We have lingered in the chambers of the sea
By sea-girls wreathed with seaweed red and brown
Till human voices wake us, and we drown.
“The evolution of the adept towards some kind of apotheosis is a highly personal one that is unique in each individual, based on their gifts, their temperament, and their talent for synchronizing the two. One cannot teach an adept how to shape reality; one can only help him cultivate the proper mental state that he can discover it himself.”
From Chapter One of Will and the Art of Shaping, by Magister Magnir.
“A sense of morality is not a tattoo; it is a shirt.”
Magnir's construct of the mens arcana is a useful one; a magical consciousness that sits astride the consciousness in the way that the superego sits astride the ego. Just as the ego is a balancing point between our survival instincts and our higher senses of morality and community, so is the mens arcana a balancing point of a higher order. It is the place where the adept can find the crucible in which to destroy himself a thousand times and where the only imperative is transcendence.
-Magister Manhue's afterword to Will and the Art of Shaping, date unknown.
July 19, 1224 J.R.
Grandmaster Guillaume-Thibauld de Vichiers stalked down the corridors of the Prelate's Palace in Tiberium, gritting his teeth and ignoring the incessant prattling of Father Bendert. Bendert was expressing the Prelate's great sadness about the attack in florid Soleilan that was nevertheless heavily accented by his Almanian heritage. The words sounded foul in his mouth, and not just because of his accent.
Brother Guillaume had been angry about the loss of the Rosary of Santa Willa, was furious when that woman lost the Star of Michael, but those angers were sparks beside the bonfire off his fury at what had happened next. The Armory of Solomon, sacked! Numerous relics under the protection of the Temple, under his protection as Grandmaster, stolen. Three of his Knights of the Circle of Silence slain there on the floors of the grotto, the wards breached.
And yet despite the overt violence of the attack, this had been an inside job. Formidable though the Armory's protections were, both magical and mundane, its greatest defense had been secrecy. There were few who even knew that the Armory existed, and among those who knew it existed, those who knew its physical location could be counted on a man's hands.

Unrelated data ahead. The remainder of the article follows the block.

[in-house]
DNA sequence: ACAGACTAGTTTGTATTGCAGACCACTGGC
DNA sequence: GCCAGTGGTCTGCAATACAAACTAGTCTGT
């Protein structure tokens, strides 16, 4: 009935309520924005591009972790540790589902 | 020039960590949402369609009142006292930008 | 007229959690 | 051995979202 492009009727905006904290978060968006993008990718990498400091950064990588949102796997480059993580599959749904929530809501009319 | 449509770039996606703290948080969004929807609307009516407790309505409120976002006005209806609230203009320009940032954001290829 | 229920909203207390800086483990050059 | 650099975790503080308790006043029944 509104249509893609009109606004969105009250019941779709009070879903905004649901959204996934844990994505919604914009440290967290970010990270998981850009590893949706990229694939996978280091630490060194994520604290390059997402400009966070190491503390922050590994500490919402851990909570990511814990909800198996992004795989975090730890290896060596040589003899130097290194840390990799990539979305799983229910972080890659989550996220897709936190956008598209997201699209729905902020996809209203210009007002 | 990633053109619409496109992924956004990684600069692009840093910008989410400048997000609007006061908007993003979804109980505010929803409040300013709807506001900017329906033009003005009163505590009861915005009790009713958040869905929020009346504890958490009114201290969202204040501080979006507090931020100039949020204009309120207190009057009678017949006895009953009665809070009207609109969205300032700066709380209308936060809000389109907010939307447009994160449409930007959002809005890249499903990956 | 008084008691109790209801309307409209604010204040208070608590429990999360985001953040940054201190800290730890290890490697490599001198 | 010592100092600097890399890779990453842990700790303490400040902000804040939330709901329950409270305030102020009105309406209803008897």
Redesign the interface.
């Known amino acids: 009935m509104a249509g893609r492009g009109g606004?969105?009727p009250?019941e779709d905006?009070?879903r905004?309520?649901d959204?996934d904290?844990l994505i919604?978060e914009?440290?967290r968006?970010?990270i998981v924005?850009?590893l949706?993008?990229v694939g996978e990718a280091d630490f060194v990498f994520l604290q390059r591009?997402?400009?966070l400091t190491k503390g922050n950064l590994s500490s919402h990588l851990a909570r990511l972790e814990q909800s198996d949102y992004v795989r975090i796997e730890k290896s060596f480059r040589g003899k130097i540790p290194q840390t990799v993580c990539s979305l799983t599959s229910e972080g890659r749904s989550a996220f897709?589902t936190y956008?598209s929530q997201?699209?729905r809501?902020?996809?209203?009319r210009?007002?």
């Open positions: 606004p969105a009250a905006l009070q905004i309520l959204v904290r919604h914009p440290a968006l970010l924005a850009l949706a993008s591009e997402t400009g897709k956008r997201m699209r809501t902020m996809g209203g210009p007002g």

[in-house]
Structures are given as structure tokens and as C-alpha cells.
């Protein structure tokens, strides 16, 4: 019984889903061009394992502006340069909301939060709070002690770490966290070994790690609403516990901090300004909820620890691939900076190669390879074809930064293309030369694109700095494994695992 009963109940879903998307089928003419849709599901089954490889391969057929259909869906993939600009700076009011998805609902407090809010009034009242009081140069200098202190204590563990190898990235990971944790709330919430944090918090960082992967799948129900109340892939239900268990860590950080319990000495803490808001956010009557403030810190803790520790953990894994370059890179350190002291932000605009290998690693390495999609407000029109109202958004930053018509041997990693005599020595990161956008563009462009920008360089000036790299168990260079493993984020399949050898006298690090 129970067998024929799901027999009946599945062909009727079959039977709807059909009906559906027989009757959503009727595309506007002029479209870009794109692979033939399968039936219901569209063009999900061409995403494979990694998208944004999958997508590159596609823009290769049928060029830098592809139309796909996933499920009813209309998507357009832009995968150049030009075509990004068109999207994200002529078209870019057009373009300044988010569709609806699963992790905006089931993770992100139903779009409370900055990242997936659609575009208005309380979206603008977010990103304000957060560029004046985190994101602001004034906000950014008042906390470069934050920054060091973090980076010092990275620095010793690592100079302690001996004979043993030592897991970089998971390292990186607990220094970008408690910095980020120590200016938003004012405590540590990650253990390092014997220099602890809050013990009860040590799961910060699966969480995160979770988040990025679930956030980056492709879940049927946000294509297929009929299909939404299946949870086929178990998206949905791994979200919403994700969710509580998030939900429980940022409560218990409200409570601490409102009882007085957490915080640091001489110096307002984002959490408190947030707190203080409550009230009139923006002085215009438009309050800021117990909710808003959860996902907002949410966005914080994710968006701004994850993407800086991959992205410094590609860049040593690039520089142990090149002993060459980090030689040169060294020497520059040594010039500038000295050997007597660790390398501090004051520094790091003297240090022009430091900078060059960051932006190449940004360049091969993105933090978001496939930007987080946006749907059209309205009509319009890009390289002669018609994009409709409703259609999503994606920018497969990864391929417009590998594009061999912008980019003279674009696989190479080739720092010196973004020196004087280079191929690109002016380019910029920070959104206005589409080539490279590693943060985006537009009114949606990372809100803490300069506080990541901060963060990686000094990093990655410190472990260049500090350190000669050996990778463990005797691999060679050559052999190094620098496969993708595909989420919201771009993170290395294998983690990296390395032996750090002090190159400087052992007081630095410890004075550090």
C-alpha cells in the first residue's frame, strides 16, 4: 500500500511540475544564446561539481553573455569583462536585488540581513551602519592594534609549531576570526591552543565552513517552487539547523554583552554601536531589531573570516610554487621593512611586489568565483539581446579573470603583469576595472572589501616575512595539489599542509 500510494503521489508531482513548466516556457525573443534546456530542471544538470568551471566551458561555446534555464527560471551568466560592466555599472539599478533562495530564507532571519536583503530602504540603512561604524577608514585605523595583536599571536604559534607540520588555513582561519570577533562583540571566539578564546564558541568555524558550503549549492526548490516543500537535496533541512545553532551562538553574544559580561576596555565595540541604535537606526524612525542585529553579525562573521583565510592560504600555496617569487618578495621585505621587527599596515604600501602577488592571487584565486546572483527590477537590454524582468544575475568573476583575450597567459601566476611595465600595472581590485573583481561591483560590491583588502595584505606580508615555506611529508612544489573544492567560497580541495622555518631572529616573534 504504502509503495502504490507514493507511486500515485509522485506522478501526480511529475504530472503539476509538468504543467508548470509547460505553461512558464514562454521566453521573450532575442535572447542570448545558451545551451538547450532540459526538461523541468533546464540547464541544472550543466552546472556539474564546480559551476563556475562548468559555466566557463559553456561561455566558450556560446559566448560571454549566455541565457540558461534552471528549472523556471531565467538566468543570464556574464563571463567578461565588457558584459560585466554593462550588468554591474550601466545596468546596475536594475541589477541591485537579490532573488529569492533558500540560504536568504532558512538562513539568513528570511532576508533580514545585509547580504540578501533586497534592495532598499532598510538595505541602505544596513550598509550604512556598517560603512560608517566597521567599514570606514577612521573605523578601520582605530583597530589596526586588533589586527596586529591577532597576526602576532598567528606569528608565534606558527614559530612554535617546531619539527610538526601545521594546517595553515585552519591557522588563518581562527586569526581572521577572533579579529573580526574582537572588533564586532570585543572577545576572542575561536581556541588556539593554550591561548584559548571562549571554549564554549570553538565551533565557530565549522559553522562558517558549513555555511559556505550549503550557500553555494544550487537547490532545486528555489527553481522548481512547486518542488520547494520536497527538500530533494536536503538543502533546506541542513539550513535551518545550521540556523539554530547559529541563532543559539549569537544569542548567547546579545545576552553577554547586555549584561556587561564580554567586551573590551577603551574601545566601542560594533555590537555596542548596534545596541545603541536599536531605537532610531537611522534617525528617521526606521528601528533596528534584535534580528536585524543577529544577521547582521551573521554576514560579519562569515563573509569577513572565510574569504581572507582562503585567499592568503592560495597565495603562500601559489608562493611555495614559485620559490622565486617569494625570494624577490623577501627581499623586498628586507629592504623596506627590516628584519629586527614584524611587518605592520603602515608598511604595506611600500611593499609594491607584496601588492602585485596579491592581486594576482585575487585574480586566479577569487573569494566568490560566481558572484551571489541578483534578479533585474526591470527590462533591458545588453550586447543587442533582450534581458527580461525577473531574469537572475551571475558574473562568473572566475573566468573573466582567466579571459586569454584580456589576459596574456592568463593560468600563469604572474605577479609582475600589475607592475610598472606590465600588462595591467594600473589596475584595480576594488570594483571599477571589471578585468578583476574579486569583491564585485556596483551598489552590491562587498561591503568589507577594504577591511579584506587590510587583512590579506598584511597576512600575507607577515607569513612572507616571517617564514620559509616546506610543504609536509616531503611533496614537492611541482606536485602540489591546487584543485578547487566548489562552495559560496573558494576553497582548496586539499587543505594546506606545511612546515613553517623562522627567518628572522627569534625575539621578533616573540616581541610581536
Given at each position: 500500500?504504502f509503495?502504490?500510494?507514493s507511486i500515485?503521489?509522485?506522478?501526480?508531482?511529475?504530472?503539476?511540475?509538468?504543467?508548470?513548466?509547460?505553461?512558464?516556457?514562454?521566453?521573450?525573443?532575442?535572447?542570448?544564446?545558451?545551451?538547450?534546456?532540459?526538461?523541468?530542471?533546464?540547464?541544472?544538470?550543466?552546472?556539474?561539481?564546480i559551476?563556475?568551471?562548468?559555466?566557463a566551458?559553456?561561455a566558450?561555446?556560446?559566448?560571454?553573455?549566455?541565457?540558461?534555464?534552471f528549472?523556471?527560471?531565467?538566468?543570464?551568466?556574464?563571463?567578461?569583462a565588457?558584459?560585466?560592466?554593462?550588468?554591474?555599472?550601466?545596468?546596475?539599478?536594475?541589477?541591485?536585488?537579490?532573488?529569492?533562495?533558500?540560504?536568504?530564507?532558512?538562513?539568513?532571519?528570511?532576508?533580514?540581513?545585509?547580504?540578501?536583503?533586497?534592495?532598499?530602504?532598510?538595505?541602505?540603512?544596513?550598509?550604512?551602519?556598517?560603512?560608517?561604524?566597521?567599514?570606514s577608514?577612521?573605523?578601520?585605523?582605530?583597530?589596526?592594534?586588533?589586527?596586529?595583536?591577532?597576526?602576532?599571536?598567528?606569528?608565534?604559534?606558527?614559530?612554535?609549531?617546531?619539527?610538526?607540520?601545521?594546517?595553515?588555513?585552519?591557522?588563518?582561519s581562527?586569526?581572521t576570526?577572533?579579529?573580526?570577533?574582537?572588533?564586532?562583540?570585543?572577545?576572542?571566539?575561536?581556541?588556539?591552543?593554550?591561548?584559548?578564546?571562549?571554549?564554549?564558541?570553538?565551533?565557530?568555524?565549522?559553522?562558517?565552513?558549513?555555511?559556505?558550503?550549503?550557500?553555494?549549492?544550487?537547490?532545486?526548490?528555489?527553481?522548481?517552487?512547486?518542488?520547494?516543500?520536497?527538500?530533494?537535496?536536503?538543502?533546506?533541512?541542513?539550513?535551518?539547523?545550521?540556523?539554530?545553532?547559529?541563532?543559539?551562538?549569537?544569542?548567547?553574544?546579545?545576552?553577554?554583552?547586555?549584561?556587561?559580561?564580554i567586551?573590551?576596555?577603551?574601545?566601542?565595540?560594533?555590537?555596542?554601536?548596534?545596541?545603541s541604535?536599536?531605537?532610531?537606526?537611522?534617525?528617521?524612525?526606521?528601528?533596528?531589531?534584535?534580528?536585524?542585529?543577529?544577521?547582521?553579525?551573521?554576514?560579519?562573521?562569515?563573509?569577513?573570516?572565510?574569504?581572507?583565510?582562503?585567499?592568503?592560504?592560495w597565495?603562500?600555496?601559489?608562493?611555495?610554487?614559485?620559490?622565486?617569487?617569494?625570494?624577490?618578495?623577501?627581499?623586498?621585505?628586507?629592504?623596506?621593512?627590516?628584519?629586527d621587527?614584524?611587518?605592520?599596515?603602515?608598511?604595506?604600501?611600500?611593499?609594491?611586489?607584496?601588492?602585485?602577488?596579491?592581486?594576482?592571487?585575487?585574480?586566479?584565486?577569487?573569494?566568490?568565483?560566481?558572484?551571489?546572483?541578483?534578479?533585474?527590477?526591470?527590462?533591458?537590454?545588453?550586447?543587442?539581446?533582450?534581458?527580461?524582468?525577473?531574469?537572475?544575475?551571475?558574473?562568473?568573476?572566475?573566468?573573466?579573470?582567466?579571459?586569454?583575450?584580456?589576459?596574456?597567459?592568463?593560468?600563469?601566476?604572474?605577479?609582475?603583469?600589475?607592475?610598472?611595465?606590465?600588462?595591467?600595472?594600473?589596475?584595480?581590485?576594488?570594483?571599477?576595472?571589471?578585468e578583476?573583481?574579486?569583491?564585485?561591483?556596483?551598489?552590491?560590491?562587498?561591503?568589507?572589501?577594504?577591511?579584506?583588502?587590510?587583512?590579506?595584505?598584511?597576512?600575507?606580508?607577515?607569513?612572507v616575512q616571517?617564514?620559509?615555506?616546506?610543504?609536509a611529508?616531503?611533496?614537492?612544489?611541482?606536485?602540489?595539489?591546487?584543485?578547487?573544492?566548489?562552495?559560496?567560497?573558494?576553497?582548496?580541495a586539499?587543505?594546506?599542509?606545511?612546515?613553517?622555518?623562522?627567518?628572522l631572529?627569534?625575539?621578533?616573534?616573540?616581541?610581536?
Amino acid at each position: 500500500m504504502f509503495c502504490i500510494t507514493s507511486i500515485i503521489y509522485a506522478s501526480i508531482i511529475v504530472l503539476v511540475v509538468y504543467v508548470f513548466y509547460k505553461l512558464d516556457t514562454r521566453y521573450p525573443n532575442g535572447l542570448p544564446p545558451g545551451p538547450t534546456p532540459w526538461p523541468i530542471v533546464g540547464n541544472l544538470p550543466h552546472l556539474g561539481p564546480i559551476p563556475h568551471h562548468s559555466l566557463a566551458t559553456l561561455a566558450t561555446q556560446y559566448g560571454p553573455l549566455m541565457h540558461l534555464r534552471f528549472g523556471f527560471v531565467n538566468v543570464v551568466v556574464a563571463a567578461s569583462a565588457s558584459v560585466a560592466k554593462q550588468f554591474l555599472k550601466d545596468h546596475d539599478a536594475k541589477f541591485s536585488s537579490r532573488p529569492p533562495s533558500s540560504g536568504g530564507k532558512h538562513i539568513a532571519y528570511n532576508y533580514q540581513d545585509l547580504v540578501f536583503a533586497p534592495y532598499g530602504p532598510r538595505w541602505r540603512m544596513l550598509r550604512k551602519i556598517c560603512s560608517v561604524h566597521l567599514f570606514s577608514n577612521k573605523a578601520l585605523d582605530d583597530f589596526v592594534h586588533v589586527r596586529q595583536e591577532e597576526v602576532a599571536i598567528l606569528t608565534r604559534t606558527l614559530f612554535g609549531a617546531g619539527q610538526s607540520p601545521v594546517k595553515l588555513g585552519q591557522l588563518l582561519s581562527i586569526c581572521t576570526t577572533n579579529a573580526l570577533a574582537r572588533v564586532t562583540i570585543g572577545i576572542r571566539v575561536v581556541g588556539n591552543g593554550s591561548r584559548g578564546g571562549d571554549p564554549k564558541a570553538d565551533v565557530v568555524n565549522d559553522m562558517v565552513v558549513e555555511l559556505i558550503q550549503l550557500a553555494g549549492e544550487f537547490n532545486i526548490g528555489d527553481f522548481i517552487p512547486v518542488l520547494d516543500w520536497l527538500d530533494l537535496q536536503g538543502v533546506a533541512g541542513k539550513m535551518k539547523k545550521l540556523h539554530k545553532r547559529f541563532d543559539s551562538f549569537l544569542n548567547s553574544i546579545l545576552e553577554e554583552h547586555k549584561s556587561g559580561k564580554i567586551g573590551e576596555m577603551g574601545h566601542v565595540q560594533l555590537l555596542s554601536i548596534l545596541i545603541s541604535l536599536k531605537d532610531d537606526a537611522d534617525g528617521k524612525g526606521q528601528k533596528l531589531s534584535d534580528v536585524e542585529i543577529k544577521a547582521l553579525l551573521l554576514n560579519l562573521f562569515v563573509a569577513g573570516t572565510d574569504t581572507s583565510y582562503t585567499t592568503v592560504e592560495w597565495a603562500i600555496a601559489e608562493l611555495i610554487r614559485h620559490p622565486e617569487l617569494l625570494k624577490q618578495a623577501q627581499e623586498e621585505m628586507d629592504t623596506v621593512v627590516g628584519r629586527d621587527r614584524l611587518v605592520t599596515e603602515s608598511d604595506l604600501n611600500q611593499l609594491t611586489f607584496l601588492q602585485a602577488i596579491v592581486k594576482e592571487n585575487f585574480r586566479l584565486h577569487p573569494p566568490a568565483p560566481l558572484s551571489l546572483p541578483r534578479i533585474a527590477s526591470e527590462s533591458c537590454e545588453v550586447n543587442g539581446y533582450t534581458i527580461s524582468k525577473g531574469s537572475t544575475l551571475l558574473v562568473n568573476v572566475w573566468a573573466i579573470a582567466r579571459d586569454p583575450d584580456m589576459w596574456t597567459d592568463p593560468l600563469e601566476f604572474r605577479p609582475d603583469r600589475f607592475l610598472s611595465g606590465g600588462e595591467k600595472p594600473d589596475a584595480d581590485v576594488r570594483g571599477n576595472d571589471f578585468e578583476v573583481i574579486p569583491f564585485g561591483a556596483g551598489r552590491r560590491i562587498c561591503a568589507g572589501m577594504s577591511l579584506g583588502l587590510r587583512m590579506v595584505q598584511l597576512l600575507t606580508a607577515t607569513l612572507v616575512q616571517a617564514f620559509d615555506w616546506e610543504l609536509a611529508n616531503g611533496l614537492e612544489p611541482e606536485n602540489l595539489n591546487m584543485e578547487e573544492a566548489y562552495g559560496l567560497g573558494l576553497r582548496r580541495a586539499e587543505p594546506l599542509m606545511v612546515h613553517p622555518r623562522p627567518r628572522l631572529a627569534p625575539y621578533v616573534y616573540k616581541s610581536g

“Father Bendert,” Guillaume interrupted suddenly, turning on his heel to face the man who, despite stopping quickly, found himself just inches from Guillaume's face. Though Bendert was the taller by several inches and was a man of some importance, he shrank back in startlement, his mewling cut off midstream.
“Urm,” he stuttered.
“Where is Father Vignon, Father Bendert? I would like to ask him some questions about the Rosary.”
“Urm,” Bendert began again, “he has not returned from Coronale, Grandmaster. The last I heard, he was staying at the Church of the Ninefold Virtues.”
“No, Bendert. He left the Basilica some time ago. Why hasn't he returned here? Is he acting on the Prelate's orders?”
“Grandmaster,” Bendert temporized, “surely you know that I cannot discuss the counsels given by the Prelate's inner circle, nor can I reveal his orders to us.” Father Bendert spoiled any show of resoluteness by inching away from Guillaume.
“Listen to me, Bendert,” Guillaume hissed, stepping forward into his face, “the Prelate, God bless him, can surround himself with all the sycophantic priests he wants. That is not my concern. When his sycophants start losing relics that are under the protection of the Temple, however, I don't give a shit about propriety. I will find the Rosary, and the Aegis, and the Star, and if I have to string every last damn one of you kittens from the walls of the Prelate's palace by your heels to do it, I will. Do you understand me? Now, where is Vignon?”
Bendert was white as a sheet. Good. “I swear, Grandmaster. I don't know. I know he has family near Chalon. Perhaps he is visiting them?”
Chalon. That damned place kept coming up. Time to go.
August 3, 1224 J.R.
Sister Jousseleau leaned back, luxuriating in the bath. The accommodations in the Basilica of the Southern Sun were adequate, even if they lacked the comforts of her own apartments in Coronale. Still, there were things that needed doing, and Sister Jousseleau was nothing if not committed to duty. Of course, duty was difficult to meet when it was not clear what the duty was.
She turned the problem over in her mind like the spinning wheel in her room at the Abbey of Epsee in bygone days, spinning information into action like she used to spin wool into thread. Usually the why of something presented the hardest question, but this was not a usual situation. No, she knew the reason why these Nephilim were stealing relics and reservoirs of all sort. They did it for the same reason that most adepts do anything: to increase their personal power.
No, it was not the why. It was the who. Who are these Nephilim? Is power the end in itself or were they an arrow aimed at some other target?
The easy answer would be to say that these questions didn't matter, and that so long as they were stealing from the Council and the Church, they had to be stopped. That was true, as far as it went. It was imperative that the thefts be stopped. Even if the Rosary were the last object they stole, though, they would still have the Star of Michael, one of the greatest weapons in the Church's arsenal and one that might allow a sufficiently powerful theurge to do many things, impossible things.
Hence, she found herself here, in Lons-le-Saunier, putting yet another relic into play in hopes that the Nephilim would make a move. When they did, she would spring her trap and see if they were both a match for the physical might of a dozen templars and the cooperative magic of some of the best of the Sisters of the Sainted Sisterhood. She smiled, sliding her head beneath the warm water.